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‘The Banshees of Inisherin’ delights from beginning to end

Film brings humor, heart against stunning backdrops

<p>As long as the characters are spot on, the dialogue flows well and the aesthetic is fully formed, the movie is bound to work. “The Banshees of Inisherin” passes all of these tests with flying colors.</p><p>Courtesy of Searchlight Pictures</p>

As long as the characters are spot on, the dialogue flows well and the aesthetic is fully formed, the movie is bound to work. “The Banshees of Inisherin” passes all of these tests with flying colors.

Courtesy of Searchlight Pictures

From the moment it begins, “The Banshees of Inisherin” places you under its spell. With sweeping shots of the rugged coastlines of Ireland, backed by a delightful fiddle melody, this simple introduction tells the audience that they are in for a treat. In the fictional island of Inisherin that writer and director Martin McDonagh constructs, everyday life in the shadow of the Irish Civil War feels like a mythic folktale — even if our hero is just some average guy. 

This average guy, Pádraic Súilleabháin (Colin Farrell), is first seen walking to the house of his best friend Colm Doherty (Brendan Gleeson) so they can make their daily visit to the local pub. But something is off this time. Even though Colm is clearly in his house, he’s not answering the door. Pádraic eventually comes to learn that Colm no longer wishes to speak to him, simply because he views Pádraic as dull and just wants some peace and quiet to write some music and play his fiddle.  

There’s something refreshingly simple about this premise. No flash, no glitz and no glamor — but a whole lot of excellent dialogue and acting. As Pádraic becomes more dejected over the loss of his friend and Colm becomes more belligerent in his refusal to speak with him, the viewer is treated to a masterclass in humanistic dialogue that also just happens to be roaringly funny — enough for it to be the funniest movie of the year. But this humor doesn’t take away from the inner turmoil Pádraic faces — if anything, it complements it. As much as the humor is dependent on the pure patheticness of the character, when the film gets funnier, you feel for him more. 

But the film is about more than just one man trying to win a friendship back; in Pádraic’s quest to restore his relationship with Colm, the film introduces a cast of wonderfully idiosyncratic characters. Pádraic’s sister, Siobhan (Kerry Condon), is a voice of reason and the character you feel for the most, as her intelligence just doesn’t seem to fit on this island that seems frozen in time. The best character in the whole film is Dominic Kearney (Barry Keoghan), the mysteriously strange son of a local abusive cop who becomes Pádraic’s only ally as the film goes on. It’s hard to say exactly what makes him so compelling to watch, but it’s probably a cocktail of fascination and discomfort mixed in with a splash of pity. Then, while not “characters” per se, there’s a selection of animals — from a dog to a donkey — whom viewers get to know, adding an unexpected richness to the plot. In fact, the donkey becomes a highlight of the film.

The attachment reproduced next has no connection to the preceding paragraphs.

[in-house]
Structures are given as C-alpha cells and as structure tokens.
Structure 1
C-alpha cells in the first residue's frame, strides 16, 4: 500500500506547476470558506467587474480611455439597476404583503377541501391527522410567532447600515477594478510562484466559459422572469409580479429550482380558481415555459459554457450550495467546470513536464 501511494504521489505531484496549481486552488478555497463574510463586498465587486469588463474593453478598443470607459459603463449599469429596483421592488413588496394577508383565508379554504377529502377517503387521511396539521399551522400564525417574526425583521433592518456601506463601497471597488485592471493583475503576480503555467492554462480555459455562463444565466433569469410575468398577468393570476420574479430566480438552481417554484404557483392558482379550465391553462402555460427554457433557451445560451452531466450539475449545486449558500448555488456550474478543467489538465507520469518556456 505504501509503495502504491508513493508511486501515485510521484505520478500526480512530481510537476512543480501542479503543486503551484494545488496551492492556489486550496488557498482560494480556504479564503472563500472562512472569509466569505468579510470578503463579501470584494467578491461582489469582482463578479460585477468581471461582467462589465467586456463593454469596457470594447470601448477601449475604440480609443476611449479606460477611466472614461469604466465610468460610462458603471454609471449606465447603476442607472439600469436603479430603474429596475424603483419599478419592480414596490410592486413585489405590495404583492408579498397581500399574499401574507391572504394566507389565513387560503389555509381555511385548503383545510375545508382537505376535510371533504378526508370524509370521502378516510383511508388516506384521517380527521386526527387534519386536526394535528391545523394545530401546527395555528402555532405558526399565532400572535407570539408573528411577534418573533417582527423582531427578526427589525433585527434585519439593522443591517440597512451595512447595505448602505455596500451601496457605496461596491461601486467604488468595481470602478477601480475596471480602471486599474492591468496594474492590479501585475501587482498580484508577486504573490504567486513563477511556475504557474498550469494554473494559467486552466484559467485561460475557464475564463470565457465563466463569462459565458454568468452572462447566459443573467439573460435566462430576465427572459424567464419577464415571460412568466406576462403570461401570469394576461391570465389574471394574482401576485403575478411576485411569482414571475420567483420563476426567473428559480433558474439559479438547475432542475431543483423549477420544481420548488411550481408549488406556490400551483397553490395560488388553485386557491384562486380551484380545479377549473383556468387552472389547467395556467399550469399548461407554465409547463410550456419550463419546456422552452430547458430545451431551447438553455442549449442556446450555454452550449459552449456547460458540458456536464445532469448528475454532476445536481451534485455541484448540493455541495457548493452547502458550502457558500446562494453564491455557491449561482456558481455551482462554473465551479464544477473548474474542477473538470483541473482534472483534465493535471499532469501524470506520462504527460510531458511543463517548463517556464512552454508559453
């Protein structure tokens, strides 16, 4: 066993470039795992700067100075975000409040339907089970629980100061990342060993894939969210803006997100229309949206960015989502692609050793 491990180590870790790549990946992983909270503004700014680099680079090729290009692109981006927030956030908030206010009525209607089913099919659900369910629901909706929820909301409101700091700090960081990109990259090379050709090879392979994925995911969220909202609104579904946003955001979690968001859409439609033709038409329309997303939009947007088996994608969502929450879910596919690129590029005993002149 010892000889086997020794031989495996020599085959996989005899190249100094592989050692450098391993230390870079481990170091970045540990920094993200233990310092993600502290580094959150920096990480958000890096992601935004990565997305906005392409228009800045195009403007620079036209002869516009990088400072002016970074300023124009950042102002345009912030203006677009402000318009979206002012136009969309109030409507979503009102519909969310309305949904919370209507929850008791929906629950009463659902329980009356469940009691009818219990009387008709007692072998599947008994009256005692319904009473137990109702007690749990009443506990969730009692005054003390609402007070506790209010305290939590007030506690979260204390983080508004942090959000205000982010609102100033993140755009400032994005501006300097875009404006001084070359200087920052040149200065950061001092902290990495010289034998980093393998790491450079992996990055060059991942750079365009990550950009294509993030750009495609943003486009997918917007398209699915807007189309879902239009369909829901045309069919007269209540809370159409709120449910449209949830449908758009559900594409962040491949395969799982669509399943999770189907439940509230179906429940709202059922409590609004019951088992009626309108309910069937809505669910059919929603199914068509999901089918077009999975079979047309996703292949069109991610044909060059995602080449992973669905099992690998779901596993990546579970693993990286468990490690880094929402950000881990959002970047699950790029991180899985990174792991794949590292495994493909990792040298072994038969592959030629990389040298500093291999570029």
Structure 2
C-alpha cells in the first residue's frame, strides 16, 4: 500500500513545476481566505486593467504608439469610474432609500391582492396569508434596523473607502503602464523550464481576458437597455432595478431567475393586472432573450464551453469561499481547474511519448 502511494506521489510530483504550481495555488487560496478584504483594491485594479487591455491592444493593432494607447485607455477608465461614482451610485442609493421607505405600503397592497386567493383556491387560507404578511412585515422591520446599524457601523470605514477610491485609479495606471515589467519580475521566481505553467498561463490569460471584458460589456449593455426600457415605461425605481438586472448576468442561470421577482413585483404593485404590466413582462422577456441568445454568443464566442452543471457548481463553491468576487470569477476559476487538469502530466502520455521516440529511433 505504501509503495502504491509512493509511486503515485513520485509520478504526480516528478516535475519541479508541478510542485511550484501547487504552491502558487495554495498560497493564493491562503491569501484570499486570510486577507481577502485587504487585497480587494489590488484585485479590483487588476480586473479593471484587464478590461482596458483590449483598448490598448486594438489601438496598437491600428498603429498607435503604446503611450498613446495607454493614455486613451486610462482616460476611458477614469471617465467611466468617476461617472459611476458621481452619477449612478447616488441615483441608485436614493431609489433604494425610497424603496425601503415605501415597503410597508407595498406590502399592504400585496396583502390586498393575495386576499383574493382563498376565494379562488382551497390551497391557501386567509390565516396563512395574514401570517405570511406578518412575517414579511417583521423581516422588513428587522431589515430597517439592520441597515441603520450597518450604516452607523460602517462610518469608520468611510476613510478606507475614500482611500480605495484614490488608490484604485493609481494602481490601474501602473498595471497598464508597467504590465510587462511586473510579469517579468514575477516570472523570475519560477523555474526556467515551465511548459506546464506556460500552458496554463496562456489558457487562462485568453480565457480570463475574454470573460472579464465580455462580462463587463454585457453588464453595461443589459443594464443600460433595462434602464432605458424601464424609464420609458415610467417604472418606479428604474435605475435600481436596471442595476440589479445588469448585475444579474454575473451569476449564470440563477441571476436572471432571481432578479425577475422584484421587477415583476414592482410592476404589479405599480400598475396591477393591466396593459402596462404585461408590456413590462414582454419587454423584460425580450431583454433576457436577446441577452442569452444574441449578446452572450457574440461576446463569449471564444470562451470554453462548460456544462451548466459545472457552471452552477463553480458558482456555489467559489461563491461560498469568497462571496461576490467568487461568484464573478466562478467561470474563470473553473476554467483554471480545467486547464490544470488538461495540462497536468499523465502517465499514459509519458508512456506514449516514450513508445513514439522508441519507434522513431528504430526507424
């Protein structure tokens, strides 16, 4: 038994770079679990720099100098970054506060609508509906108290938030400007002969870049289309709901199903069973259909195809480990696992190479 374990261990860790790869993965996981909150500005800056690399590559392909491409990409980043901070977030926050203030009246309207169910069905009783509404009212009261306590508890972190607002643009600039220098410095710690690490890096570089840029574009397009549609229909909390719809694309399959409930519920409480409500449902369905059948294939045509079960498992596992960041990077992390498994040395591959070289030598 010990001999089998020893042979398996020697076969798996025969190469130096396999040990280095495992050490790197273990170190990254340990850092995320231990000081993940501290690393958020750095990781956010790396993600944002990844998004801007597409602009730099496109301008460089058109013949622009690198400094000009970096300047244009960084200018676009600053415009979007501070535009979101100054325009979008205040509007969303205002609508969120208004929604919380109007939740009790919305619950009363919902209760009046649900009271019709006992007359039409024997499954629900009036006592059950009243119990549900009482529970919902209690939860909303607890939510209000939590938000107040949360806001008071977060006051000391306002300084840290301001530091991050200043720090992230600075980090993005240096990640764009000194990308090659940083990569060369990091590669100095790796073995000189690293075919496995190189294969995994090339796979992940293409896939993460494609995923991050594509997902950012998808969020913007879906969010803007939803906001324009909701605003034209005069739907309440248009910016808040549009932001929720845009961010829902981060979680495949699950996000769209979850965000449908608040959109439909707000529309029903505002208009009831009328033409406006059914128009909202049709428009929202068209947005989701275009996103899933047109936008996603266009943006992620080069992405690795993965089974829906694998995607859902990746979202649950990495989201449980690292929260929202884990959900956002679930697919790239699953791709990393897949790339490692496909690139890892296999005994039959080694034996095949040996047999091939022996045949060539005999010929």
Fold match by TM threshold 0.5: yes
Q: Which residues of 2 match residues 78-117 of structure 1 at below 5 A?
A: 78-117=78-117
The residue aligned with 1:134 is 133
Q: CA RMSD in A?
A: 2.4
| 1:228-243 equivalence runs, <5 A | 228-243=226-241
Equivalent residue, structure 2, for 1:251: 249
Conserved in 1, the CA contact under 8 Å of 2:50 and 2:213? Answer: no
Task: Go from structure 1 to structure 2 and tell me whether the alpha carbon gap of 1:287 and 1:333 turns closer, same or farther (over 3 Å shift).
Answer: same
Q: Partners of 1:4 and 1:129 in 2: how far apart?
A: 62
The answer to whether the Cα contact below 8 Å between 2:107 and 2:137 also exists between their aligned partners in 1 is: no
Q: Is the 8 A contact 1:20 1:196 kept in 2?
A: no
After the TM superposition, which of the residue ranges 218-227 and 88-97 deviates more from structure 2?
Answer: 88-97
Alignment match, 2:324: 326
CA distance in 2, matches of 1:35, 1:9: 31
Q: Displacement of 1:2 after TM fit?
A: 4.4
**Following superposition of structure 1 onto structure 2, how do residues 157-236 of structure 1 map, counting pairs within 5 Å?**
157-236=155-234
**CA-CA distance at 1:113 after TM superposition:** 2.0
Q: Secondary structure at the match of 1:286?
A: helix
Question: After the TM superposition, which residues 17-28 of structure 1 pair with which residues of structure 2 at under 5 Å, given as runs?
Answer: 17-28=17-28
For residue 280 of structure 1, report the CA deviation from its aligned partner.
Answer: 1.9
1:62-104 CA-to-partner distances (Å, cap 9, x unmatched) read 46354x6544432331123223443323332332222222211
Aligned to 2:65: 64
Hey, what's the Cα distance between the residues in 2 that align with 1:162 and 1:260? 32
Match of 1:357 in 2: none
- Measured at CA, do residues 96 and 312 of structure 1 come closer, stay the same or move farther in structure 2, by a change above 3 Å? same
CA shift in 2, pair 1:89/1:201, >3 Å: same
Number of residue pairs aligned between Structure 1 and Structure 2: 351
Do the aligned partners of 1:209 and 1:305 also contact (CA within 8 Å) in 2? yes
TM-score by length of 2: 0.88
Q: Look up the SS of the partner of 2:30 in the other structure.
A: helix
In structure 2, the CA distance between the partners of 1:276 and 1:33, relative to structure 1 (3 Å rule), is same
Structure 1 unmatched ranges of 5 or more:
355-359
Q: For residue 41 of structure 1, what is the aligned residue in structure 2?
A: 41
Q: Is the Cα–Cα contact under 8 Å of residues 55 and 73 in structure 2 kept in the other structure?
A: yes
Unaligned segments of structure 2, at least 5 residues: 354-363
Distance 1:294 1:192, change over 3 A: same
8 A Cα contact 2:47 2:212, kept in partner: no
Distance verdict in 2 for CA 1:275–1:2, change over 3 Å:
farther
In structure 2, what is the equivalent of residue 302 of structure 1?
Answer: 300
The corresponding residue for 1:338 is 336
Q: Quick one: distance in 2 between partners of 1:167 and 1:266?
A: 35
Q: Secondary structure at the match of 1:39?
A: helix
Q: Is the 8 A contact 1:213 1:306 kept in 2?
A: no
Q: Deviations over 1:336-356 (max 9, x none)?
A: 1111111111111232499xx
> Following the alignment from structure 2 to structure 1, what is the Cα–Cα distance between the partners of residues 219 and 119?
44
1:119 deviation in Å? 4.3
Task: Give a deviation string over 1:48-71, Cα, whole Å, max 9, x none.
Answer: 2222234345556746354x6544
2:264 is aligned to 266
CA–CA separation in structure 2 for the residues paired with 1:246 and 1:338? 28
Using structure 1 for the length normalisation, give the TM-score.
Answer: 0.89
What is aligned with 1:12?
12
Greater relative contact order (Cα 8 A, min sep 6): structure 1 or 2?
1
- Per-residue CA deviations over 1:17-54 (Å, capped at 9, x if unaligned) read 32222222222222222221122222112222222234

These characters all come together to form an off-kilter world that feels just parallel to reality. When Colm tries to stop Pádraic from talking to him once and for all, he says he will cut off one of his fingers if Pádraic says another word. Once he cuts off this finger, he claims that next time he is spoken to, he will cut off four fingers. It’s interactions like these that make the narrative structure feel much more like folklore than a contemporary film. Pádraic is the perfect character to be at the helm of this tale because he is good and honest, even if there’s not much going on in his brain. Everyone else has their own unique quirks that become accentuated when in conversation with Pádraic.

The film may sound a bit dull in description, but every single aspect of the narrative’s construction is so flawless that something magical gets illuminated on screen. For one, Farrell and Gleeson turn in the performance of their careers, while Keoghan continues to cement himself as one of the most exciting up-and-coming actors working. McDonagh contributes to this equation with a screenplay full of dialogue that has the masterful composition of a great piece of classical music.  

“The Banshees of Inisherin” is deceptively simple. It has a premise that can be defined in one sentence and very few things of impact occur throughout. But this isn’t the kind of movie where anything particularly needs to happen. As long as the characters are spot on, the dialogue flows well and the aesthetic is fully formed, the movie is bound to work. “The Banshees of Inisherin” passes all of these tests with flying colors. It’s hard to poke holes in a movie that so clearly knows what it wants to accomplish and then does it without a hitch. It’s early on in the season of heavy-hitter movie releases and “The Banshees of Inisherin” has set a monumentally high standard for subsequent films to reach. If a better movie than this is released by now and the end of the year, whatever that movie may be, we are in for something special. 

“The Banshees of Inisherin” is playing at the Avon Cinema until Nov. 16.


Finn Kirkpatrick

Finn Kirkpatrick is a senior staff writer in the arts & culture section. He is a sophomore from Los Angeles, California intending to study Comparative Literature who likes to review movies and other things of that sort. 



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